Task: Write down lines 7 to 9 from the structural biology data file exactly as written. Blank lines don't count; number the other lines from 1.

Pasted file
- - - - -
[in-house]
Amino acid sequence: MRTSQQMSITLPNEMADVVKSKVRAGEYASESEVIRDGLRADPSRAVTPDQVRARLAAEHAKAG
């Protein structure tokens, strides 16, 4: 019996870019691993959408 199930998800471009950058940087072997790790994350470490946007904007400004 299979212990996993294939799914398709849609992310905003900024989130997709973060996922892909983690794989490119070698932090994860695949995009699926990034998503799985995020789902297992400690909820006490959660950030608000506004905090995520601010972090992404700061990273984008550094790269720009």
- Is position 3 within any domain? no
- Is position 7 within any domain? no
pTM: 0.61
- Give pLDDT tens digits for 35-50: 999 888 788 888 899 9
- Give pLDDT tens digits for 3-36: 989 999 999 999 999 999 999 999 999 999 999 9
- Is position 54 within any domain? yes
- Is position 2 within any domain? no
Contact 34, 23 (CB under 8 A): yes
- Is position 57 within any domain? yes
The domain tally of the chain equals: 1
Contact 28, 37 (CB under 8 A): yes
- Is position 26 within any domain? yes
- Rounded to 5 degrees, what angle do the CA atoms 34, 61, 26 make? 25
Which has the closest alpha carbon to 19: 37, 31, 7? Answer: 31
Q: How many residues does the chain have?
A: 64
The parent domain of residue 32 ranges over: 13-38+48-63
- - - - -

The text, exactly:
- Give pLDDT tens digits for 35-50: 999 888 788 888 899 9
- Give pLDDT tens digits for 3-36: 989 999 999 999 999 999 999 999 999 999 999 9
- Is position 54 within any domain? yes